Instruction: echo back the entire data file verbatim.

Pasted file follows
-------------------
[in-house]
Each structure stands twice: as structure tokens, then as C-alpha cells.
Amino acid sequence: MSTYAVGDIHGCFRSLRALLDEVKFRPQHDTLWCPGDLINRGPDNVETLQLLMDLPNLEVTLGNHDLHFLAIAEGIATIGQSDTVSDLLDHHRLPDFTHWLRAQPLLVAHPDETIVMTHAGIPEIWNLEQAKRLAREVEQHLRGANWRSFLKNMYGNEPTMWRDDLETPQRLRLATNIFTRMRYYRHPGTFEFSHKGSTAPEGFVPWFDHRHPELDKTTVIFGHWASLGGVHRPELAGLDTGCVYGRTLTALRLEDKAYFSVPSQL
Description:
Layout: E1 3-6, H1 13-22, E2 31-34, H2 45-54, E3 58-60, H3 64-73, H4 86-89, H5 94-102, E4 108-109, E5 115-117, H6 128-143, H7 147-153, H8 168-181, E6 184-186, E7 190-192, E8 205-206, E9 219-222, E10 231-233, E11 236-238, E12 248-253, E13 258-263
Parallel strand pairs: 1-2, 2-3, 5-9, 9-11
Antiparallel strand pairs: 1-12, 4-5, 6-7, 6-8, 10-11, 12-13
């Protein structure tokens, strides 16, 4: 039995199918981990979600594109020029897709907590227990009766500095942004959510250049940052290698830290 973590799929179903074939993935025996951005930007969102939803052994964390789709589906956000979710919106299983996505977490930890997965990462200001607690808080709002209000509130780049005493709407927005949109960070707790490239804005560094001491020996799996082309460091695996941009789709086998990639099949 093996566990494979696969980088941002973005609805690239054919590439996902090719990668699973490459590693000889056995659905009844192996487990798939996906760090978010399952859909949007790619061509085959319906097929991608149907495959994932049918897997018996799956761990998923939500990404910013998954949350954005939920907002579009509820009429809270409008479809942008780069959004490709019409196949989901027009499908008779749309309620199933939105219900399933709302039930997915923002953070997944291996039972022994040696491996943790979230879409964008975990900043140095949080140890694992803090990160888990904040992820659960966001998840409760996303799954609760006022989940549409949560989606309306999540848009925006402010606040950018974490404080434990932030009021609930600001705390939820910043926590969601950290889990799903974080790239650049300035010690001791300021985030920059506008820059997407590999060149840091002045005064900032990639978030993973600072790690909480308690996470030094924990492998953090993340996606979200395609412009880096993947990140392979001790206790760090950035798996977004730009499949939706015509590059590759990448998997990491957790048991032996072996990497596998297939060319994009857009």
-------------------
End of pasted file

[in-house]
Each structure stands twice: as structure tokens, then as C-alpha cells.
Amino acid sequence: MSTYAVGDIHGCFRSLRALLDEVKFRPQHDTLWCPGDLINRGPDNVETLQLLMDLPNLEVTLGNHDLHFLAIAEGIATIGQSDTVSDLLDHHRLPDFTHWLRAQPLLVAHPDETIVMTHAGIPEIWNLEQAKRLAREVEQHLRGANWRSFLKNMYGNEPTMWRDDLETPQRLRLATNIFTRMRYYRHPGTFEFSHKGSTAPEGFVPWFDHRHPELDKTTVIFGHWASLGGVHRPELAGLDTGCVYGRTLTALRLEDKAYFSVPSQL
Description:
Layout: E1 3-6, H1 13-22, E2 31-34, H2 45-54, E3 58-60, H3 64-73, H4 86-89, H5 94-102, E4 108-109, E5 115-117, H6 128-143, H7 147-153, H8 168-181, E6 184-186, E7 190-192, E8 205-206, E9 219-222, E10 231-233, E11 236-238, E12 248-253, E13 258-263
Parallel strand pairs: 1-2, 2-3, 5-9, 9-11
Antiparallel strand pairs: 1-12, 4-5, 6-7, 6-8, 10-11, 12-13
């Protein structure tokens, strides 16, 4: 039995199918981990979600594109020029897709907590227990009766500095942004959510250049940052290698830290 973590799929179903074939993935025996951005930007969102939803052994964390789709589906956000979710919106299983996505977490930890997965990462200001607690808080709002209000509130780049005493709407927005949109960070707790490239804005560094001491020996799996082309460091695996941009789709086998990639099949 093996566990494979696969980088941002973005609805690239054919590439996902090719990668699973490459590693000889056995659905009844192996487990798939996906760090978010399952859909949007790619061509085959319906097929991608149907495959994932049918897997018996799956761990998923939500990404910013998954949350954005939920907002579009509820009429809270409008479809942008780069959004490709019409196949989901027009499908008779749309309620199933939105219900399933709302039930997915923002953070997944291996039972022994040696491996943790979230879409964008975990900043140095949080140890694992803090990160888990904040992820659960966001998840409760996303799954609760006022989940549409949560989606309306999540848009925006402010606040950018974490404080434990932030009021609930600001705390939820910043926590969601950290889990799903974080790239650049300035010690001791300021985030920059506008820059997407590999060149840091002045005064900032990639978030993973600072790690909480308690996470030094924990492998953090993340996606979200395609412009880096993947990140392979001790206790760090950035798996977004730009499949939706015509590059590759990448998997990491957790048991032996072996990497596998297939060319994009857009």